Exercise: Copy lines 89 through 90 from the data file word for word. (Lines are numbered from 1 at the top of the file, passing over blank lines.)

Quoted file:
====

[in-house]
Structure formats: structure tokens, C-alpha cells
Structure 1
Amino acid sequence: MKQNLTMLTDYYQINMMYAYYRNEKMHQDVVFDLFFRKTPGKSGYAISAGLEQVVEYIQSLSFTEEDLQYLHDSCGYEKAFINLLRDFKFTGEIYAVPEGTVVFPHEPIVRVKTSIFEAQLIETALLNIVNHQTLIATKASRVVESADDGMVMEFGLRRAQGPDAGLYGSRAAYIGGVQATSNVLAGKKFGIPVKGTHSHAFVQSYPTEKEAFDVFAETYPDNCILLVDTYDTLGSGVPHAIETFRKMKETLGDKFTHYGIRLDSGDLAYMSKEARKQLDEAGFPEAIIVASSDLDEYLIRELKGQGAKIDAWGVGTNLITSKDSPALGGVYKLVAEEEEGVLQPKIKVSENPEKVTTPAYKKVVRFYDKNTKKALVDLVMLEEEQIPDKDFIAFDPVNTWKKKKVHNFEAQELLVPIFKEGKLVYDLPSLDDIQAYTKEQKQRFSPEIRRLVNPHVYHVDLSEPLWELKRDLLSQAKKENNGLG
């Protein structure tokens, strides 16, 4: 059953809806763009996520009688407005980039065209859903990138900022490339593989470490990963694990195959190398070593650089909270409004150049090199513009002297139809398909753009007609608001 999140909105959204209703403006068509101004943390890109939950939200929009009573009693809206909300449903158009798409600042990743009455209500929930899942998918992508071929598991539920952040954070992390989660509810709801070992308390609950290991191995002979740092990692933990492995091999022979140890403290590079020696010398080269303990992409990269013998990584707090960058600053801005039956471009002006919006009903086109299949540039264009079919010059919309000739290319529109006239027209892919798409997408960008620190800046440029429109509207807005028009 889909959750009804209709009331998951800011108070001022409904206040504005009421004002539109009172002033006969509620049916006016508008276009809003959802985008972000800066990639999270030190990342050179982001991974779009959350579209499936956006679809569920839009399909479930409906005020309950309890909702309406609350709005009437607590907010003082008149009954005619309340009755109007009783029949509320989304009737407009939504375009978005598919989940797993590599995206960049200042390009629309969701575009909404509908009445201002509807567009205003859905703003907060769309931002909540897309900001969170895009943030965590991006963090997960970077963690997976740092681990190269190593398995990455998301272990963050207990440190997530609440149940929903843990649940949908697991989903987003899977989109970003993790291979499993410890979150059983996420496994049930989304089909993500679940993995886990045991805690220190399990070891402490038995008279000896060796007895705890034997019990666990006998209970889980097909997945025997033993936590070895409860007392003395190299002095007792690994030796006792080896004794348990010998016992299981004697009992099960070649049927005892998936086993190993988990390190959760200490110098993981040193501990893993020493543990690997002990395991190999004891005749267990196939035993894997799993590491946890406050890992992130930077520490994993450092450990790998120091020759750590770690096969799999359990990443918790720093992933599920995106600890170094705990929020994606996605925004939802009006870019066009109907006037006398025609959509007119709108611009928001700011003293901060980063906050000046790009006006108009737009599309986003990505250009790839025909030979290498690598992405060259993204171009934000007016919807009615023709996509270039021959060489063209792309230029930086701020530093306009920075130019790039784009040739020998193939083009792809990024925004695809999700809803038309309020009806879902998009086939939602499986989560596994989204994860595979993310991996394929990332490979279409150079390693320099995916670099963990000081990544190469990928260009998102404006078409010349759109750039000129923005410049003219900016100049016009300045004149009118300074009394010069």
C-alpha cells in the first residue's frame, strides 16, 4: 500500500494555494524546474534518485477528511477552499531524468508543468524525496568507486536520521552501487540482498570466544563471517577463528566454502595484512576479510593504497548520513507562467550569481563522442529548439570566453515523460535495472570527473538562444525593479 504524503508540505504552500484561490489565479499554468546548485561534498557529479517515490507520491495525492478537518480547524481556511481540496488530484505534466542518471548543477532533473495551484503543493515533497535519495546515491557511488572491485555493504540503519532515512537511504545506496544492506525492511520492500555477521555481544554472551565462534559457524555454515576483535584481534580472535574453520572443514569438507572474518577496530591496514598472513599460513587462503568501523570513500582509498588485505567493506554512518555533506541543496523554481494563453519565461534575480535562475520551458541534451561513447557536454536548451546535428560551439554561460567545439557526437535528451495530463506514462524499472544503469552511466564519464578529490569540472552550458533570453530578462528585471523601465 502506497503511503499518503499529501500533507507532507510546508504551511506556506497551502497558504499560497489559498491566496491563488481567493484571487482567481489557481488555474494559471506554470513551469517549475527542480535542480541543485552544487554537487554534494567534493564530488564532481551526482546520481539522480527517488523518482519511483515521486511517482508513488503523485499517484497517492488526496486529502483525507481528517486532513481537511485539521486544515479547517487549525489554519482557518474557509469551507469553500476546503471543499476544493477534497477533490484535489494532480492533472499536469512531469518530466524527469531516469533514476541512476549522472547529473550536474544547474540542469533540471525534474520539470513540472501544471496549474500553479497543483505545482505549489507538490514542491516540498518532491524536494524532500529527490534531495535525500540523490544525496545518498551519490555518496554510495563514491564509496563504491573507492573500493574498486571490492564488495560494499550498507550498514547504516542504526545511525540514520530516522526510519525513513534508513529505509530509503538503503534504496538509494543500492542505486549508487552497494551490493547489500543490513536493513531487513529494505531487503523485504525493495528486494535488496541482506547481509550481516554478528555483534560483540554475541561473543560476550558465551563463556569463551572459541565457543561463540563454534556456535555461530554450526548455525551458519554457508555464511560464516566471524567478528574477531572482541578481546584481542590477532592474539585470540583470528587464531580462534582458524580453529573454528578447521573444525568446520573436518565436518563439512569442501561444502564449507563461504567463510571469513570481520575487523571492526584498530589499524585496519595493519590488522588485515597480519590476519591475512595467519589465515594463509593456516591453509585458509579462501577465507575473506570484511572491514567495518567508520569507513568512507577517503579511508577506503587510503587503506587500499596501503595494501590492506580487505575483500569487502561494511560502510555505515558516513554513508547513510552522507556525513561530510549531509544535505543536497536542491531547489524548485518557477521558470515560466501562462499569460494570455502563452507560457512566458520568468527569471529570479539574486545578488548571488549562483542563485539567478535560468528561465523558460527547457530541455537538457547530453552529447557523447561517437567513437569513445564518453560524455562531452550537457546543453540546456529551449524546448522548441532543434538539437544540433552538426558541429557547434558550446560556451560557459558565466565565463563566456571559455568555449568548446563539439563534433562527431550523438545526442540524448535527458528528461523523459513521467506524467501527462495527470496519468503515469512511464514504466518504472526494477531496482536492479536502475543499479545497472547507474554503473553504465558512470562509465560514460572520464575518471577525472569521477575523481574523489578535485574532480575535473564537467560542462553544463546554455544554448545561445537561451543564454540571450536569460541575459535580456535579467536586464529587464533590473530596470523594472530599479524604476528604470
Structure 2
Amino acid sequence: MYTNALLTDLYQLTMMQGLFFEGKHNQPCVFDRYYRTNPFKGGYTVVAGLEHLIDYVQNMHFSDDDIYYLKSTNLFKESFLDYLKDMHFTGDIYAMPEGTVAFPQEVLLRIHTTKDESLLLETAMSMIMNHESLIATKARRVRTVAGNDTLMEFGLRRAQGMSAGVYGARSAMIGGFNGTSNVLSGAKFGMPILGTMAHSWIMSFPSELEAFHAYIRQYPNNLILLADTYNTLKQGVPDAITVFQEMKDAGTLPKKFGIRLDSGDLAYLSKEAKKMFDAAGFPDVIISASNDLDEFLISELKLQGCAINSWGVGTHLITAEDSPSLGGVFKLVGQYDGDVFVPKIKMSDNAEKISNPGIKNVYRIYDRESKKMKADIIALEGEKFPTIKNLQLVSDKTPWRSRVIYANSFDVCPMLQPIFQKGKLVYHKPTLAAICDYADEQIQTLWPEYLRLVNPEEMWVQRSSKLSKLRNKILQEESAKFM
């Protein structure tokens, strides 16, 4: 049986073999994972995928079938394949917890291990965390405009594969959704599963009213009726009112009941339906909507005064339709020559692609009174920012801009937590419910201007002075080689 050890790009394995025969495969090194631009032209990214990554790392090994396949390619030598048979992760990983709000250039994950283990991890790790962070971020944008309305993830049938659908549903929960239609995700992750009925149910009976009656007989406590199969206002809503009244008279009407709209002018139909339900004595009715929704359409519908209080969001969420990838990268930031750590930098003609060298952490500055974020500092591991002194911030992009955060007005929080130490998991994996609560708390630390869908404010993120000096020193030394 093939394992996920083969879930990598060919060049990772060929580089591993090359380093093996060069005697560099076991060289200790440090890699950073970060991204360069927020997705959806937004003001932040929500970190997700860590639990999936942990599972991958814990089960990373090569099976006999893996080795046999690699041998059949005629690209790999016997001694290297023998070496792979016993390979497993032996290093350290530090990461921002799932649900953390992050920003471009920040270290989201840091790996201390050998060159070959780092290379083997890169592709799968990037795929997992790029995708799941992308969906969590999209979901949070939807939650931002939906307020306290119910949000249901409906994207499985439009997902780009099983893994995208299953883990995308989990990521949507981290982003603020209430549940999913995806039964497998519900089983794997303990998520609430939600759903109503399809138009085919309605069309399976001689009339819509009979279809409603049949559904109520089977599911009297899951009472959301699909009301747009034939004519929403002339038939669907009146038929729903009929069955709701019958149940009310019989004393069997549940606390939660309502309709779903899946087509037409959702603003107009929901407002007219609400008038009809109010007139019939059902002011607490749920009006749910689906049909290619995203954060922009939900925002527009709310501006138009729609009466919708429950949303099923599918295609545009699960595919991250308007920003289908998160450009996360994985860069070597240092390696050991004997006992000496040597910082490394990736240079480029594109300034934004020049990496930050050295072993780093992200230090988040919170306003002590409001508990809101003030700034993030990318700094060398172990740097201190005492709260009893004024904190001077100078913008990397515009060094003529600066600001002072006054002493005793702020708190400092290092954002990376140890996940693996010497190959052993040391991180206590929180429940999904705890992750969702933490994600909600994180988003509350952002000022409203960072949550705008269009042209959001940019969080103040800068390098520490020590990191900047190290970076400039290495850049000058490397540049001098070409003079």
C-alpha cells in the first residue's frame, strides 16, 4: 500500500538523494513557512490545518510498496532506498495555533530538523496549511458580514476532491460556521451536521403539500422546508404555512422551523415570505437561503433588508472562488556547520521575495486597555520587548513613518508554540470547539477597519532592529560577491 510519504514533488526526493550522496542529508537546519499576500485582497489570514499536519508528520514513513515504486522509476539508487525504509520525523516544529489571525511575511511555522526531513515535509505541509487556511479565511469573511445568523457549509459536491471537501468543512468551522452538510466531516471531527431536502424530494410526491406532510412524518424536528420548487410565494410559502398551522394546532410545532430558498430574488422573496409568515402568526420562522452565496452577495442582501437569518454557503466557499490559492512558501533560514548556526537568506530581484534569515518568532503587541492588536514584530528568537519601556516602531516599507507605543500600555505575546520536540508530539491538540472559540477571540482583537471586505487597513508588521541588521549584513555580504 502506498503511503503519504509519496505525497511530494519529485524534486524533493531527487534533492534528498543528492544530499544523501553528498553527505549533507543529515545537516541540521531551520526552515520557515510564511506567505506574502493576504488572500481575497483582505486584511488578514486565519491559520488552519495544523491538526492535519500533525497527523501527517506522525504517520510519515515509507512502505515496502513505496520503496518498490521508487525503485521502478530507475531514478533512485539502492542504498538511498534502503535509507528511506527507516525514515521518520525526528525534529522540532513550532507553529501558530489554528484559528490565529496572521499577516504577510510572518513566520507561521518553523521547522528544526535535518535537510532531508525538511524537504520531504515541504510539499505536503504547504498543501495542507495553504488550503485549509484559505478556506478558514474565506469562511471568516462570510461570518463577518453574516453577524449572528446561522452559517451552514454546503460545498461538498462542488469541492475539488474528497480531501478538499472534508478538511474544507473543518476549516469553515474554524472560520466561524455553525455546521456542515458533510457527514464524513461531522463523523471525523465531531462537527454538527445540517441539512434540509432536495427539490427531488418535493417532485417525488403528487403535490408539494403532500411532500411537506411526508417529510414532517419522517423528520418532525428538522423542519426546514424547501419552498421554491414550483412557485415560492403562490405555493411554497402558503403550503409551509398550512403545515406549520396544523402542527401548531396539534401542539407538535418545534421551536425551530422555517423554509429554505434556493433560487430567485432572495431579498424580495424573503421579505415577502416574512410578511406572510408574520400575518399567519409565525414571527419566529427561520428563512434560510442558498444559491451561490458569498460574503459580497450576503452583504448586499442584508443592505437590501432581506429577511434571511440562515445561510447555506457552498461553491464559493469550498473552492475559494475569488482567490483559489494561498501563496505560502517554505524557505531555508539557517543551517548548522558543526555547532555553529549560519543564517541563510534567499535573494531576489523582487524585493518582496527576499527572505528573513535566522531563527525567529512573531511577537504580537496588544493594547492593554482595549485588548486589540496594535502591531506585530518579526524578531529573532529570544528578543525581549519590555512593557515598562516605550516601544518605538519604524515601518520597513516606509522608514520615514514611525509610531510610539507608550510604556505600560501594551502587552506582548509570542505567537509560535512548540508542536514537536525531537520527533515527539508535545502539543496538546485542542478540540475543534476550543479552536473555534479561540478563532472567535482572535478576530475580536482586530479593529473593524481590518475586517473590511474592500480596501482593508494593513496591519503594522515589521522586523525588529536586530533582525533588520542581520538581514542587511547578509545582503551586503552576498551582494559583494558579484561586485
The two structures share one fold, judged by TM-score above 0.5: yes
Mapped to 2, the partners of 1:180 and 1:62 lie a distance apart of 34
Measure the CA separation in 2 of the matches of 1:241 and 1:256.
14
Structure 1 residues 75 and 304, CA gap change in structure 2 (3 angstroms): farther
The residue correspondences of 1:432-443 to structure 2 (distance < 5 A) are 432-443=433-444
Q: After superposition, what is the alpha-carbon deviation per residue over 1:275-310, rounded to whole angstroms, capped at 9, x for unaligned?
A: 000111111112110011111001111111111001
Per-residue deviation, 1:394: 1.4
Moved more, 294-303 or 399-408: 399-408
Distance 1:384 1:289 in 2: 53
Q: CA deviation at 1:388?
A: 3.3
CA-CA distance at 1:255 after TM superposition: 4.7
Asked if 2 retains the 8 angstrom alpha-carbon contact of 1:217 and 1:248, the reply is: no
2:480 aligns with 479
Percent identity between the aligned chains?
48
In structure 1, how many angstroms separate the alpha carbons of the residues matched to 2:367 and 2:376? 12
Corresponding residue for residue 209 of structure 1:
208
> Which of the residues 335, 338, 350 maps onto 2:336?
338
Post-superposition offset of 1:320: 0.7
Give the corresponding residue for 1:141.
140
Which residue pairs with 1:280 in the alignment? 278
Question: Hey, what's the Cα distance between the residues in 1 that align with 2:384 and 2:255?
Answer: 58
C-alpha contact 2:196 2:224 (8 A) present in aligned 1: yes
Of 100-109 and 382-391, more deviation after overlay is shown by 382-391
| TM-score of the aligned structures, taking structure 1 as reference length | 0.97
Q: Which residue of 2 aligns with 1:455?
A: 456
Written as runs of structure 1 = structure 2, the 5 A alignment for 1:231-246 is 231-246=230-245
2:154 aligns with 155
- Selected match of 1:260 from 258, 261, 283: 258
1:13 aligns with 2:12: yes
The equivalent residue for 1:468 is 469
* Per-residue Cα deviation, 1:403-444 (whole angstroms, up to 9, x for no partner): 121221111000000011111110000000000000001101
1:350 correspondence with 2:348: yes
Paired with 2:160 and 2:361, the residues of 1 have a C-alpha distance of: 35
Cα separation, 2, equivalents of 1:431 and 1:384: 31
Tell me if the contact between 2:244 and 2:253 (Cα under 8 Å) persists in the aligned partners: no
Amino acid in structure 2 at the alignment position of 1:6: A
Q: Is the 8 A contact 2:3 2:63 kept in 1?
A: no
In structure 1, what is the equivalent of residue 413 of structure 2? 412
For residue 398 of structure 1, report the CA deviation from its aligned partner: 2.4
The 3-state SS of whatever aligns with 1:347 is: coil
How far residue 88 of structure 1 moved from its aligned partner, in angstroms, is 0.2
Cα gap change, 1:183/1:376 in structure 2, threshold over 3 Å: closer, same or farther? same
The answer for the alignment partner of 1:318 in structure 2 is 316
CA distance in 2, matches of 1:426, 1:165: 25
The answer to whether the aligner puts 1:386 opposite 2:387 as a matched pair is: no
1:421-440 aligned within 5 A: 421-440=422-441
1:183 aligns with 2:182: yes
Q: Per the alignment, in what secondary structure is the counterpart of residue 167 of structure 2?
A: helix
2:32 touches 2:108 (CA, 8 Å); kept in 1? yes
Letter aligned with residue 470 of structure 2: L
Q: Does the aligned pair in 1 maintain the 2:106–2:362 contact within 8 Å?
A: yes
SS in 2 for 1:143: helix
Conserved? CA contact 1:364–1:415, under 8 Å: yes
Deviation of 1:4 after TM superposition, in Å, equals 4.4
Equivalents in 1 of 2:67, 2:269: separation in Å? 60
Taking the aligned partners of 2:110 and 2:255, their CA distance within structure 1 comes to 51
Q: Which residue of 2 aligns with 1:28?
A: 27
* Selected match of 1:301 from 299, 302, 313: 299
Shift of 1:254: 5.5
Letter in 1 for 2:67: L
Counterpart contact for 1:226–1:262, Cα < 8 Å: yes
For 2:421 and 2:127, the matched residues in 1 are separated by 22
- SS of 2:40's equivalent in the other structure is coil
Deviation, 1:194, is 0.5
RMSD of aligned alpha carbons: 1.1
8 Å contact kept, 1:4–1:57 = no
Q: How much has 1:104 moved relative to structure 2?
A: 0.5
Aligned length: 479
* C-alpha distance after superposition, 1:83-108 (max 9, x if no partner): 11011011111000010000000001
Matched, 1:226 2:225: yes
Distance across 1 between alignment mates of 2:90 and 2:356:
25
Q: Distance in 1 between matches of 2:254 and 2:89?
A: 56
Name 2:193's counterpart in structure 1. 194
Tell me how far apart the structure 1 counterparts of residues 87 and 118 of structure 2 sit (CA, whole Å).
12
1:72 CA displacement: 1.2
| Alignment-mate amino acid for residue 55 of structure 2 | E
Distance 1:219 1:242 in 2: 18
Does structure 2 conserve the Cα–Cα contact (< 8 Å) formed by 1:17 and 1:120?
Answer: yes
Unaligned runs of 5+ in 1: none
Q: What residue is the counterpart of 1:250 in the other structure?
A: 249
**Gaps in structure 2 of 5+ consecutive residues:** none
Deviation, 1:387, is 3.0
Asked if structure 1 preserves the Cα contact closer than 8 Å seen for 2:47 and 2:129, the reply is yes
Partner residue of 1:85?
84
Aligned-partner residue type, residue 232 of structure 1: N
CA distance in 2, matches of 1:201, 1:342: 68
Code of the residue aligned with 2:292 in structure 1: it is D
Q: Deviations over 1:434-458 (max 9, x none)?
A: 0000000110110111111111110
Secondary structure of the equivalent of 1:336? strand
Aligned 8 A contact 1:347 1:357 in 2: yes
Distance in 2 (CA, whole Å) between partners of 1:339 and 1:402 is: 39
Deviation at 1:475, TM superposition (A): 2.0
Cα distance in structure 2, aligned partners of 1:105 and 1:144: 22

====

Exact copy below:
8 Å contact kept, 1:4–1:57 = no
Q: How much has 1:104 moved relative to structure 2?